Ghost Bath is a post-rock band from North Dakota who gained a fair amount of attention/notoriety by pretending to be from China and playing some sort of awful depressive black metal that sounds like Deafheaven, but even worse. Spawned out of their frontman's noisecore band "I, Apparatus" it's not surprise that Ghost Bath explore concepts such as "what if Orchid songs were eight minutes long?" and "will hipsters ironically buy junk because it's Made in China?" which have earned attention from Pitchfork, Vice, and other publications that cover trends in metal. In recognition, Ghost Bath have earned an entry in the Hall of Shame.
Ghost Bath (2012)
This starts off with what sounds like a catchy, melodic post-punk/gothic rock song, but what a tease it is. It soon reveals itself to be little more than crappy post-rock with cry-yodeling over it, assembling an overall aesthetic of "depressive black metal" while avoid black metal aside from a couple faster strums with double bass. The odd-numbered tracks are this style, the even-numbered tracks are dinky piano pieces with a timid lack of dynamics, the left hand tapping a chord while the right hand plays fragments of melody over them. Poorly composed, or "minimalist" if you're trying to excuse it being crap.
Ghost Bath mixes the post-black metal style of Deafheaven with depressive black metal style focused on lengthy atmospherics and sad-sounding non-metal interludes. Tremolo-picking, blast beats, atmospheric synths, and lots of reverb - you get the idea. The band's style is characterized by moody interludes: clean guitar in "Silence," piano in "Sorrow," and organ in "March." I could tell you about that boring shit all day long, but I'm here to make a point more concisely than this 64-minute album.
This isn't a black metal band. They lean on eight-minute songs loaded with tremolo picking and blast beats like crutches, but all of the movement within the songs - hooks and the transitions - are phrased differently, as mood-reflecting hooks. Sad, mopey stuff, with varying instrumentation to achieve one texture. Aimless hooks repeated for two minutes and presented as interludes, or surrounding Orchid-esque screamo bursts bloated into eight-minute songs - either way the music is all about the moody licks. This is an indie-rocker Joy Division/The Smiths wannabe who can't write a chorus, can't sing, but can step on a distortion pedal. Just a melancholy frame without a picture in it.
This is an aesthetic with no purpose beyond that.
While we've known all along (at least I have, from the initial submission on Metal Archives) that Ghost Bath isn't actually from China, that ruse might be permissible if you understand that these post-rockers' planned a couple album in advance to have an excuse for giving a song a really fucking stupid name like "Happyhouse" - what the fuck? Ridiculous Engrish is a famed hallmark of black metal - if you are a false don't entry! Stupid names and song titles are an infamous hallmark of depressive black metal, post-rock, and whatever other shit Pitchfork et al cover these days. I should probably write more about this dumb publicity stunt (a paragon of boundless self-expression) because that's the only reason anyone has paid attention to this band, but I'll try to put myself in a better place for rest of review. Do Happyhouse have open door?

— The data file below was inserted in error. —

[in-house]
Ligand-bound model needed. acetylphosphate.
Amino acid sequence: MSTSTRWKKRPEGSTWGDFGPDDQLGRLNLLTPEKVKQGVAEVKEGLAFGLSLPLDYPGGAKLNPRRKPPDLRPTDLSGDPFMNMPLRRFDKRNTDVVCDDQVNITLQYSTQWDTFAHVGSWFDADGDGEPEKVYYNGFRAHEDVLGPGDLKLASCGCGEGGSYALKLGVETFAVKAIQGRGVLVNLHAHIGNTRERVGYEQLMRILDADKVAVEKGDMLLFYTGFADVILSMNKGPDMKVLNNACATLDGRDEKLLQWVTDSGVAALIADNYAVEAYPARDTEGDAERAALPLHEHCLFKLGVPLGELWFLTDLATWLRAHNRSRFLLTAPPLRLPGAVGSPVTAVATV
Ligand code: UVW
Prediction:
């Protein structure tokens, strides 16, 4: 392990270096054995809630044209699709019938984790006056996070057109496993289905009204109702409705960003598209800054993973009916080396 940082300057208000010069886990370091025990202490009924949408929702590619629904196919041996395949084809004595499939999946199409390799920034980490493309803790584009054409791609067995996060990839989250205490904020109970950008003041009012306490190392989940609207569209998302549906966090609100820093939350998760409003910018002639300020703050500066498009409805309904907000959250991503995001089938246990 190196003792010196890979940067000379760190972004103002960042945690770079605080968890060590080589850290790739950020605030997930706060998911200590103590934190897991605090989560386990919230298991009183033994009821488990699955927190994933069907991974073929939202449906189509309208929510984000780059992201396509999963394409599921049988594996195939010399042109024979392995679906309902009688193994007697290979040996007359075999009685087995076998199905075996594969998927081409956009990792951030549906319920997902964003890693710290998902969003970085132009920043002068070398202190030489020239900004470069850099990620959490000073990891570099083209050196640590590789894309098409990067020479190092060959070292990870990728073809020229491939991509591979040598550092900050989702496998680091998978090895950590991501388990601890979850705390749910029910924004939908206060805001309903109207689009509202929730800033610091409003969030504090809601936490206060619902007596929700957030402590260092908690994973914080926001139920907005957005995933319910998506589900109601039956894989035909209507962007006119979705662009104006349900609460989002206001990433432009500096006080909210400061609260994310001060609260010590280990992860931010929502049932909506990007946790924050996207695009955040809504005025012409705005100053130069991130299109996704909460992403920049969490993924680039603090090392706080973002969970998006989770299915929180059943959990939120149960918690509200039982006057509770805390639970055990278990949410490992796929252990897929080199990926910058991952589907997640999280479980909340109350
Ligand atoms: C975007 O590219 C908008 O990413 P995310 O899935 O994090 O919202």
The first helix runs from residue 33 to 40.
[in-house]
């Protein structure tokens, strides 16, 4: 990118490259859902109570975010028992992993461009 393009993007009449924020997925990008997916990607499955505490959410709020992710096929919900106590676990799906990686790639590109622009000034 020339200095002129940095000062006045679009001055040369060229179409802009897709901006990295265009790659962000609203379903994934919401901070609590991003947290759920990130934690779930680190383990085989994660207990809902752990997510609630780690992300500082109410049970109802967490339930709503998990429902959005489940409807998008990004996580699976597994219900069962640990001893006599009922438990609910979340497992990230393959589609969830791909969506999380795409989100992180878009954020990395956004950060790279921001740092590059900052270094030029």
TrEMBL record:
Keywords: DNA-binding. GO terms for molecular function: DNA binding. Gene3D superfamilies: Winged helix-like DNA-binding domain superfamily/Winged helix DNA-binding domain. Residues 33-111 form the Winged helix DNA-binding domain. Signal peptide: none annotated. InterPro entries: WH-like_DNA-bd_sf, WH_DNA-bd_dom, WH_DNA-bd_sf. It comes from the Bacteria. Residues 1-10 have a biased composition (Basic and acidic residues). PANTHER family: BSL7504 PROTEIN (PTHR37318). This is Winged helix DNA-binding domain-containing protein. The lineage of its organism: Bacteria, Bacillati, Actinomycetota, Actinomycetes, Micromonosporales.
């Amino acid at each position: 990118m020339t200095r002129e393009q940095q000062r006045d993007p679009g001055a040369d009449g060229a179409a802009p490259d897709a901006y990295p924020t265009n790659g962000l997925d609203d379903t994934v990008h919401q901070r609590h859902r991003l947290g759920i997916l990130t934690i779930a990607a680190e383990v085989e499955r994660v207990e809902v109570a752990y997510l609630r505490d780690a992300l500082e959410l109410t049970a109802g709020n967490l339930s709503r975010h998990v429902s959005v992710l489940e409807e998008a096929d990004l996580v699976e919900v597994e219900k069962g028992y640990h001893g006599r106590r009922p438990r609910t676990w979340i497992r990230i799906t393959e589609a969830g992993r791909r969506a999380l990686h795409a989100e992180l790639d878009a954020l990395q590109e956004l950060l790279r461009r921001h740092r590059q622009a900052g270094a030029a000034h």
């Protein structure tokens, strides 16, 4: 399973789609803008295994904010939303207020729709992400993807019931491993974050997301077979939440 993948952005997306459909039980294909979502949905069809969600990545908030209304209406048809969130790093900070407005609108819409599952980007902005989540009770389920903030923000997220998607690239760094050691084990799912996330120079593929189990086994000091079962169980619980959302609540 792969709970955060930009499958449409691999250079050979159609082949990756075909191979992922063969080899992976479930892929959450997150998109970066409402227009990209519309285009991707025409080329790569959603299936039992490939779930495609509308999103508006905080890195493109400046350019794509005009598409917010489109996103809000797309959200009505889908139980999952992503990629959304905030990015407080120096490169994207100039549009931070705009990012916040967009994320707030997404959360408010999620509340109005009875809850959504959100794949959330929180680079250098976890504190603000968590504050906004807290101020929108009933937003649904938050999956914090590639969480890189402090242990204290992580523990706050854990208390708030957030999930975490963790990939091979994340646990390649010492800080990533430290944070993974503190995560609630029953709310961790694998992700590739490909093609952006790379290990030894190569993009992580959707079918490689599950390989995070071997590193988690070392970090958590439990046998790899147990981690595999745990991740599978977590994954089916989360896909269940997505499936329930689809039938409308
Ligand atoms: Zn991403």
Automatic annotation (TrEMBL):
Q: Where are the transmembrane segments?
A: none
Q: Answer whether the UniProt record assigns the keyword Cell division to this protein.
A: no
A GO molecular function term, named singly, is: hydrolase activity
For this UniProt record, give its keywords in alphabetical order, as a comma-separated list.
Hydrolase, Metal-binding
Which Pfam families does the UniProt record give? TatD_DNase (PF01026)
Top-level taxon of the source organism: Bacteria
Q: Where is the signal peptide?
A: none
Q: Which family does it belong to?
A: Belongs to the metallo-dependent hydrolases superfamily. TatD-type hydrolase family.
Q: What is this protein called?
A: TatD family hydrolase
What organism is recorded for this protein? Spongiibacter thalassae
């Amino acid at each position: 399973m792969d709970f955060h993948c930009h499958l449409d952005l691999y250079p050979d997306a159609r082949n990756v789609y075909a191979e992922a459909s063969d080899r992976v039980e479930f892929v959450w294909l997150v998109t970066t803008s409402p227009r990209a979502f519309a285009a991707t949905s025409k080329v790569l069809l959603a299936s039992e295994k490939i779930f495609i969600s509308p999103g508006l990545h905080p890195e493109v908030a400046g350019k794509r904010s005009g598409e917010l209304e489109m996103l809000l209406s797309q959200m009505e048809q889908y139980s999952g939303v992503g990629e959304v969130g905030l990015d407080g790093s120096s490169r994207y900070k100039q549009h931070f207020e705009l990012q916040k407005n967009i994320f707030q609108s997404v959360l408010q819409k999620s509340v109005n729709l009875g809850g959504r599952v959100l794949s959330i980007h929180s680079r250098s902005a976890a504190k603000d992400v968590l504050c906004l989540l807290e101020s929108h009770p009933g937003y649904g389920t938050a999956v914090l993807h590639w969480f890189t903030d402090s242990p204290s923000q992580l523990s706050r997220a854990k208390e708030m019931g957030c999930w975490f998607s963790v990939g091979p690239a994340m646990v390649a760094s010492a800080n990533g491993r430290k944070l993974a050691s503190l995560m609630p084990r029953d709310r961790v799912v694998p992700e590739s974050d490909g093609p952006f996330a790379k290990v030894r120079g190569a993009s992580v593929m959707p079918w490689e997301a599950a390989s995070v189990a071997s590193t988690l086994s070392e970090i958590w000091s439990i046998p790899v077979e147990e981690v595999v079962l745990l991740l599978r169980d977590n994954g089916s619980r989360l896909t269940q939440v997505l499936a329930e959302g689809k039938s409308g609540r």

The band has made two major strides since their previous full-length: First, they improved their production, which most notably buries the awful cry-yodeling vocalist a little. Second, they streamlined their songwriting and album structure, cleaning up the heavily fragmented, interlude-laden form of their previous album, or at least more neatly packaging it in seven tracks. The songs are more structured, but feel no more purposeful, just arbitrarily organized as they have been mulled over once more.
Still, the music is primarily fixated on simply channeling a vibe, bouncing between post-rock/metal and Deafheaven-worship to deliver little more than a vague wave of sadness. There's no narrative feel to the songs, they don't have a greater story to tell. This is like someone who sits around moping, yet can't explain why. They lack either introspection or presentation to tell a story rather than create a collage of influences. Some parts stand out, such as the melodic gothic/post-punk stylings in "Death of the Maiden" - something which kicked off their debut EP too. Perhaps they could find a comfortable way to borrow styles for entire songs in order to make a coherent statement, rather than being the black metal equivalent of the kid with eleven different bracelets around his arm.